This week’s issue of Science revisited the debate over the grassland-forest conservation tensions I examined earlier. If you recall, William Bond’s Perspective from January 8, “Ancient grasslands at risk,” argued that many grasslands that previous efforts have identified as the result of deforestation may actually be ancient ecosystems, preserved by fire and herbivory. Therefore, he claims, efforts to reforest grasslands may destroy these unique ecosystems.
The authors of one of the studies that Bond criticizes, the Atlas of Forest and Landscape Restoration Opportunities, responded with a letter in which they assert that the Forest and Landscape Restoration (FLR) project has no intention of converting ancient grasslands into forests in the name of forest conservation and that “A fundamental first step in the FLR process involves understanding the ecosystem at the landscape level, including its historical and cultural values, before making decisions on a restoration approach. FLR under this definition would promote exactly the same conservation of ancient grasslands that Bond advocates.”
This certainly sounds reasonable, but Bond replies in the same issue: “the western Serengeti and Kruger National Park are mapped as deforested instead of as ancient savannahs, and the natural species-rich montane grasslands of South Africa and southern Brazil are both mapped as deforested and/or degraded” in the Atlas of Forest and Landscape Restoration Opportunities (as, indeed, they are).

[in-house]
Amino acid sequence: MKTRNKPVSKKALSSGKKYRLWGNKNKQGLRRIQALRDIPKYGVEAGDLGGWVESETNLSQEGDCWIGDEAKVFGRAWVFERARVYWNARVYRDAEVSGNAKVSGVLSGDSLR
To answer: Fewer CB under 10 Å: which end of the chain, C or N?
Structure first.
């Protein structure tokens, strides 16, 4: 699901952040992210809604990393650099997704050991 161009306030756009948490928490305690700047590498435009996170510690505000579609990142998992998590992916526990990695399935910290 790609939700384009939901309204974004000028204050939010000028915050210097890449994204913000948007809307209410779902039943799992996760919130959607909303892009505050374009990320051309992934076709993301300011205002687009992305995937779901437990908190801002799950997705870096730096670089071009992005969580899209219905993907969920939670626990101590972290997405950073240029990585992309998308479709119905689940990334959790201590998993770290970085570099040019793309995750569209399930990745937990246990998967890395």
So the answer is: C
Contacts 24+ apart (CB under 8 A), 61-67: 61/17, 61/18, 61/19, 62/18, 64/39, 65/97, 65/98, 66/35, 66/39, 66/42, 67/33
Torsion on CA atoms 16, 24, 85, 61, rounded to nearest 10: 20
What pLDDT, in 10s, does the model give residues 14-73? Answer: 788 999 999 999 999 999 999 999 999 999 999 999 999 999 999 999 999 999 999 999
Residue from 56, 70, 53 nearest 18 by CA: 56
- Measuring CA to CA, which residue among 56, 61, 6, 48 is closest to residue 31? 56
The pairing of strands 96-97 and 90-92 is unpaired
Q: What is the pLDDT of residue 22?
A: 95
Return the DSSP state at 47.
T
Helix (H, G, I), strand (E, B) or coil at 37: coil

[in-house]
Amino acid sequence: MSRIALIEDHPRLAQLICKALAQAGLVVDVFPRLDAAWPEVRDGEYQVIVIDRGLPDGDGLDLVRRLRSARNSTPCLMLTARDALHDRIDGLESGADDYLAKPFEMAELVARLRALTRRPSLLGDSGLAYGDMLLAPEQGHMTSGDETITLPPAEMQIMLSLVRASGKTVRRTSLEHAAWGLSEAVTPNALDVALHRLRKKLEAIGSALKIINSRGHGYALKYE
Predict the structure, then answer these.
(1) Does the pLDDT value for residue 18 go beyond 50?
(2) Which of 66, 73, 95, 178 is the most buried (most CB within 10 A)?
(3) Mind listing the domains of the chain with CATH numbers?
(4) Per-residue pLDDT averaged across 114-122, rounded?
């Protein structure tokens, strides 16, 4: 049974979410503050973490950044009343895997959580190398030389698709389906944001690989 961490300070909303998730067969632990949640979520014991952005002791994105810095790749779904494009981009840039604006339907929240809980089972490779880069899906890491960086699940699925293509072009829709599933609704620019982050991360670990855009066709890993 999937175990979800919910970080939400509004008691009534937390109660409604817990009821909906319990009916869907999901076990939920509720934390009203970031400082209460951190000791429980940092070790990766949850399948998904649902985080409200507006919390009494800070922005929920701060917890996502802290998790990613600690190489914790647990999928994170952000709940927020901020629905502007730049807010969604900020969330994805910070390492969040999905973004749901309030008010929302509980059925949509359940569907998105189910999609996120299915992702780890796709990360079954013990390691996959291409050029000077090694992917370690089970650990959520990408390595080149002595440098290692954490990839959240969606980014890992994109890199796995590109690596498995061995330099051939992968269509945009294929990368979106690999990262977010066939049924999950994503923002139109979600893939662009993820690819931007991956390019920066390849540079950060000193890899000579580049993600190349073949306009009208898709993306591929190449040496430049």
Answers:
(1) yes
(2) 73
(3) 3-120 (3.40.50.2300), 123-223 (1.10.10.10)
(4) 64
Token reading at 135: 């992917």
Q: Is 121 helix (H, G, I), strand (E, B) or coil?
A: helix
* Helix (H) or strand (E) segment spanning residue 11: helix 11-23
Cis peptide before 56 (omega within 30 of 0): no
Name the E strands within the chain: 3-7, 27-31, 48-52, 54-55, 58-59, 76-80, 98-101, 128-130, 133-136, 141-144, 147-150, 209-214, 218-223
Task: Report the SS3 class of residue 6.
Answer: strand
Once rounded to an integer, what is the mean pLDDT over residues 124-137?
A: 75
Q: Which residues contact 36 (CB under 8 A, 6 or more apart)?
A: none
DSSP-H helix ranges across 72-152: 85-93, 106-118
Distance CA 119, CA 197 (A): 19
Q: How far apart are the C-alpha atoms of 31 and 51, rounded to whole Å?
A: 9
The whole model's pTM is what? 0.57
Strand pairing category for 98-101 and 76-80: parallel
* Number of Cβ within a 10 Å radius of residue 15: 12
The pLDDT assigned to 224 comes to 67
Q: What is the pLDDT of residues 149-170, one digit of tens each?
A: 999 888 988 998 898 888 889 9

I am fascinated by this debate because it reveals a whole bunch of unresolved tensions in the fundamental principles of landscape science. Some I mentioned in my previous post: how should we value certain landscapes in order to apply conservation projects to them? Another I hinted at in my post about state-and-transition models: are these distinct landscape states such as “grassland” or “forest” meaningful? The Atlas authors mention that mosaics of forests and grasslands confound their attempts to classify, especially since the definition of forests that they use is not mutually exclusive with the definition of grassland that Bond uses.
Bond and the Atlas authors advocate their variants on the classification paradigm because it advances their interests: the preservation and continued study of grassland ecosystems on one hand and the reforestation of vast tracts of the globe on the other. My own interests in landscape dynamics push me towards an opinion that this whole project of classification is not incredibly useful. Rather than attempts to enumerate all the things you can see at a certain scale, leading to these ambiguous definitions of landscape states, I prefer approaches which build a representation of the environment at multiple scales, capturing not just the variability between different ecosystems but also the incredible amount of heterogeneity within a single ecosystem. I think it’s still an open question though how best to design environmental interventions which are aware of multiscale phenomena, and that’s certainly something I would like to know more about.